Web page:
Medical emergency in space: What to do about a heart attack half way to Mars

05 June 2017 - 10:01 By KATHARINE CHILD
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Planet Earth
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It is not easy to resuscitate someone in space - the patient tends to float away - but one day soon more ordinary people will be travelling beyond the Earth and spaceship crews will need to be trained in micro-gravity CPR.

Anaesthetists from across the world are meeting in Europe for a conference on anaesthesia this week and missions to Mars made it onto the agenda.

Medical procedures such as CPR are difficult to do in space because the lack of gravity prevents people using their body weight as they would on Earth.

Jochen Hinkelbein, of the department of anaesthesiology and intensive care medicine at the University Hospital of Cologne, said: "Because astronauts are selected carefully, are usually young and are intensively observed before and during their training, medical problems are rare in space. However, in the context of future long-term missions, for example to Mars, with durations of several years, the risk for severe medical problems is significantly higher. Therefore, there is also a substantial risk for a cardiac arrest in space requiring CPR."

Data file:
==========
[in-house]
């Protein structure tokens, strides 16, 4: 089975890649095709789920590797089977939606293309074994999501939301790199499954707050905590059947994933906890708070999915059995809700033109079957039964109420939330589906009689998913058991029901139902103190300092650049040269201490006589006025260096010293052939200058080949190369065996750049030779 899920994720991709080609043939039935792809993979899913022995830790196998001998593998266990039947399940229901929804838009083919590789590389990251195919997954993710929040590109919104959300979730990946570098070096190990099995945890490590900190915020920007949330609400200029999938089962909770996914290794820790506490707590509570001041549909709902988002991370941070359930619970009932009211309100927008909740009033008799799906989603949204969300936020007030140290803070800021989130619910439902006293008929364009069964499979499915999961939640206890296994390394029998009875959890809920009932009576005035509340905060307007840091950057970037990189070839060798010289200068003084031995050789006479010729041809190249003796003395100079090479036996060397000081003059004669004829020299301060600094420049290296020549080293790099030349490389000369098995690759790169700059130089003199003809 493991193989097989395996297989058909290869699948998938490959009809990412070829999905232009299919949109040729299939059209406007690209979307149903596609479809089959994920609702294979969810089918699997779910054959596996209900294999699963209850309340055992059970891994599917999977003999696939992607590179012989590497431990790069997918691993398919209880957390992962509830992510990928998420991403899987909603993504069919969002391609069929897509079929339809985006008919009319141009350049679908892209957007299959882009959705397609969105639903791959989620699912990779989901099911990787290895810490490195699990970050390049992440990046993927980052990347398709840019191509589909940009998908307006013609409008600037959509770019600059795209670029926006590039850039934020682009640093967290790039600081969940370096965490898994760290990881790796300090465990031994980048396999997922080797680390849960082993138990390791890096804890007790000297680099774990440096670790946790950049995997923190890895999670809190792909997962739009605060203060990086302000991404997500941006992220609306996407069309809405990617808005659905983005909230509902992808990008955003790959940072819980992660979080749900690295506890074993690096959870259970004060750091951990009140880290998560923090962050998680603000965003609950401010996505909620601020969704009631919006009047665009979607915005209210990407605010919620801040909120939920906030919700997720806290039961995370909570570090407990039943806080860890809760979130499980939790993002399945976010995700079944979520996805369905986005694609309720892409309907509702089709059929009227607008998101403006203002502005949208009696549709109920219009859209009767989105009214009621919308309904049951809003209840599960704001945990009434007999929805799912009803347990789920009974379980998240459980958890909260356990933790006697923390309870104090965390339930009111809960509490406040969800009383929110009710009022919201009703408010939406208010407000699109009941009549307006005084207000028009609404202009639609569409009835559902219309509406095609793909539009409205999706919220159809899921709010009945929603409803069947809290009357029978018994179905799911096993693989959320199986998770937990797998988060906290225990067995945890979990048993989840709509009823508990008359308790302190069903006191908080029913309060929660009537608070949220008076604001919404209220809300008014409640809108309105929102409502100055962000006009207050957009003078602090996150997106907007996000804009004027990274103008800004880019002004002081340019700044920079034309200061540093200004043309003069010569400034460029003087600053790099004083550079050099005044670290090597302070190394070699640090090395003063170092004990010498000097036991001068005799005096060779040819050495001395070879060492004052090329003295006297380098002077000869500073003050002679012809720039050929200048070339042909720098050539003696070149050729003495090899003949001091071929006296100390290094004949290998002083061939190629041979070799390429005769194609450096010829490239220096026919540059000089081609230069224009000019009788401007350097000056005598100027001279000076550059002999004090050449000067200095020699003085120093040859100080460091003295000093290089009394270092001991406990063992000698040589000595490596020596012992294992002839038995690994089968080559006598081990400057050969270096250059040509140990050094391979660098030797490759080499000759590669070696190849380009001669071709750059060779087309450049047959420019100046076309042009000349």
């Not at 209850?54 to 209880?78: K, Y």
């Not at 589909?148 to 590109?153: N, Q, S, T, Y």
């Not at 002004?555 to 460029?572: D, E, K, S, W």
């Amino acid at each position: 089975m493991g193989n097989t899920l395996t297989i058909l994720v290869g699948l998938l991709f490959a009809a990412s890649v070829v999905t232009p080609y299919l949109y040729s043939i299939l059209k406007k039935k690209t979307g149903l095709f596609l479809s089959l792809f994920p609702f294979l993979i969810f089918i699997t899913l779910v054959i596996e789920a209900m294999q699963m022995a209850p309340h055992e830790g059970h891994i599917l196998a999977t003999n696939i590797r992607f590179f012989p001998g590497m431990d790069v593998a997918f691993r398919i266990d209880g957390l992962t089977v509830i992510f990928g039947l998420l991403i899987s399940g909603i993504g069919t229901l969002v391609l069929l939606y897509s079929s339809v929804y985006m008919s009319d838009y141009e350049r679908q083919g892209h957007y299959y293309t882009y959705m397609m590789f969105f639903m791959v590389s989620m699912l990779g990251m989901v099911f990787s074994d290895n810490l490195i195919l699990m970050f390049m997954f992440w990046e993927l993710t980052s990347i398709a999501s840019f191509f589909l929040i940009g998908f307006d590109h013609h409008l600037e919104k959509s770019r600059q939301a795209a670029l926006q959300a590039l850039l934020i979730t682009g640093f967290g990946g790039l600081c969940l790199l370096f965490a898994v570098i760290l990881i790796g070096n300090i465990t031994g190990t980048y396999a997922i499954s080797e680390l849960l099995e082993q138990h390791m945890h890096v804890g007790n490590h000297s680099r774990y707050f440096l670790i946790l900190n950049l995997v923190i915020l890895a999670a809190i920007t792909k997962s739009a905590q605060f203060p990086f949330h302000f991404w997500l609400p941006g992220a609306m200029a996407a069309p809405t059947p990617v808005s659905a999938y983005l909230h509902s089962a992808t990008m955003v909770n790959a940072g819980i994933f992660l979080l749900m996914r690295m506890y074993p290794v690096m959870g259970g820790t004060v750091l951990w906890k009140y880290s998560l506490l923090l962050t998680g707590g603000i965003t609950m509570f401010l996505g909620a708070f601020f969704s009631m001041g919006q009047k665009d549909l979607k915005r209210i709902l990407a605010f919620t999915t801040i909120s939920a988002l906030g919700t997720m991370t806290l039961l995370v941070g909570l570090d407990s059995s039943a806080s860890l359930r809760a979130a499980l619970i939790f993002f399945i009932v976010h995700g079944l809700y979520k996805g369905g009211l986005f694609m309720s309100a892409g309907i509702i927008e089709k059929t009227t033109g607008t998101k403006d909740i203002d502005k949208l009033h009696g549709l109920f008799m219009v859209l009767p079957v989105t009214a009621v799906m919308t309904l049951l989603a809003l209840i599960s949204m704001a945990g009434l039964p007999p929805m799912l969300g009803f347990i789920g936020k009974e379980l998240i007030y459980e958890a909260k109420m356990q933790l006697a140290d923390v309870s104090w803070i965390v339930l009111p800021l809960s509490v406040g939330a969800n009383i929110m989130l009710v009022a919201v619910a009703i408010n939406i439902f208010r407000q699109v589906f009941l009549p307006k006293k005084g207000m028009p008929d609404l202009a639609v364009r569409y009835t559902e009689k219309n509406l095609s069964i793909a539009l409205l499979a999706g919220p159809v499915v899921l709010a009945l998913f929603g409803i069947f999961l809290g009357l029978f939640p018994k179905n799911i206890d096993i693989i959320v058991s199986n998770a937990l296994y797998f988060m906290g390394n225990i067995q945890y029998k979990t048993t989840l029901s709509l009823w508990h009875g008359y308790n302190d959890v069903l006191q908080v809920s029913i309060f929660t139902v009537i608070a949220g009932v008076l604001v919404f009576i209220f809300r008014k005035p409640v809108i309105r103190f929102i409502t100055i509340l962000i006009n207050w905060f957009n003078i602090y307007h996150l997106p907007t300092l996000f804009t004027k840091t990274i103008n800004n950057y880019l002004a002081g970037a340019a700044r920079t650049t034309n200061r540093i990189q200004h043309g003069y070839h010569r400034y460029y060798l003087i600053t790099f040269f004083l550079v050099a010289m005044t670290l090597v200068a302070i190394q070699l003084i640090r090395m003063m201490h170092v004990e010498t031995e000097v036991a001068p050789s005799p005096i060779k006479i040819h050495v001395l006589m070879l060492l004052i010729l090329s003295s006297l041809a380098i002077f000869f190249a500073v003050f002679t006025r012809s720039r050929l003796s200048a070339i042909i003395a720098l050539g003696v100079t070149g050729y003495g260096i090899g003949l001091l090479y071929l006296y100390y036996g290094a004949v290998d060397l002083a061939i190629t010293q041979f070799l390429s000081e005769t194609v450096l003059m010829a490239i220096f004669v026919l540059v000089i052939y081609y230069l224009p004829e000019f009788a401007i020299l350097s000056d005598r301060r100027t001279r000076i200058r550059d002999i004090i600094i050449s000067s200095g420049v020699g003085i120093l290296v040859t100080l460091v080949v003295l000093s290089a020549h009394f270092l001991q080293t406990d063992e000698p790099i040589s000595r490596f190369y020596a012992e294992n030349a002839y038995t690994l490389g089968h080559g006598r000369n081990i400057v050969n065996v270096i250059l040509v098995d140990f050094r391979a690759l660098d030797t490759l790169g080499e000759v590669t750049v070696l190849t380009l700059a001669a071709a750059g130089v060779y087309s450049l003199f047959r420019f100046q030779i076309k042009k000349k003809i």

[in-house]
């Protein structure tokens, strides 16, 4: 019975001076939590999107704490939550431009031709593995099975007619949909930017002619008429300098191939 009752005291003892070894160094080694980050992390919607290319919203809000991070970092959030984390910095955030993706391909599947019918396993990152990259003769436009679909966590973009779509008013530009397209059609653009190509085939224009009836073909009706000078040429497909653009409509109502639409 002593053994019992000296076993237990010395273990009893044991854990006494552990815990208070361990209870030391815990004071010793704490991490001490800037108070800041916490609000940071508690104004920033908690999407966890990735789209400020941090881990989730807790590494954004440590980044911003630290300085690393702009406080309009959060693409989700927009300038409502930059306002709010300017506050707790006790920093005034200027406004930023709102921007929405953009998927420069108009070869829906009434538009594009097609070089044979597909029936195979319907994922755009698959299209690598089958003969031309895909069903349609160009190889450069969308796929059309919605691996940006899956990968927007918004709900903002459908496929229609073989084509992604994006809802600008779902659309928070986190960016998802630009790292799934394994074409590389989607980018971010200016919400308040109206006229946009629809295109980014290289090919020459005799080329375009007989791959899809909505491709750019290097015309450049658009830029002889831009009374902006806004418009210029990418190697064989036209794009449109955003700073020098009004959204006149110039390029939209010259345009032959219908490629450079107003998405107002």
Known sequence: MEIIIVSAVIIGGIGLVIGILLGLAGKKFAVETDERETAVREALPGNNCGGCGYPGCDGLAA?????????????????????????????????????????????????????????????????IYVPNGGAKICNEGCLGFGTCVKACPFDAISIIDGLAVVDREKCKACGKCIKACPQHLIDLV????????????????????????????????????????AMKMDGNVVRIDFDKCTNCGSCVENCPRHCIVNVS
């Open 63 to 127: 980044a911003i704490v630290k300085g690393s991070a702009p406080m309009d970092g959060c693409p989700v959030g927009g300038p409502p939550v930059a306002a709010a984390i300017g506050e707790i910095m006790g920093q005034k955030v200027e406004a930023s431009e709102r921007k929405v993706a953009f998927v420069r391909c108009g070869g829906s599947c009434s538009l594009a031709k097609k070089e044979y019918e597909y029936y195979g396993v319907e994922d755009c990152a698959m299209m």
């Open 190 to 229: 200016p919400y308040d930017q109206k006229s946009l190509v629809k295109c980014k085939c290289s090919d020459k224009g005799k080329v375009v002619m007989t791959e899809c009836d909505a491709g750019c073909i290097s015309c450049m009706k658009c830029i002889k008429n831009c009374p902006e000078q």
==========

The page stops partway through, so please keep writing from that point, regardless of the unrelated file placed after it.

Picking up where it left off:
Ways to give CPR in space include wrapping one's legs around the patient to prevent him or her floating away during resuscitation, and doing a hand-stand.

These methods are being tested in underwater space simulators.

"The space environment disturbs most physiological systems and can precipitate the onset of space-specific illnesses," said Matthieu Komorowski, of Charing Cross Hospital, London.

These include cardiovascular deconditioning, acute radiation syndrome, hypobaric decompression sickness and osteoporotic fractures.

"In the worst case , non-medical personnel might have to care for an injured or ill crew member. Far from low-Earth orbit, real-time telemedicine will not be available and the crew will need to be self-reliant.

"Duplication of skills will be critical to enhancing crew safety, especially if the doctor on board himself becomes ill, incapacitated or dies. As such, extending basic medical training to most crew members will be extremely important.

"In remote environments, medical and surgical [ procedures] with a low probability of success, that require using vast quantities of consumables, are often not attempted. This means the crew needs to prepare for people dying from illnesses or injuries that will exceed their limited treatment capability."

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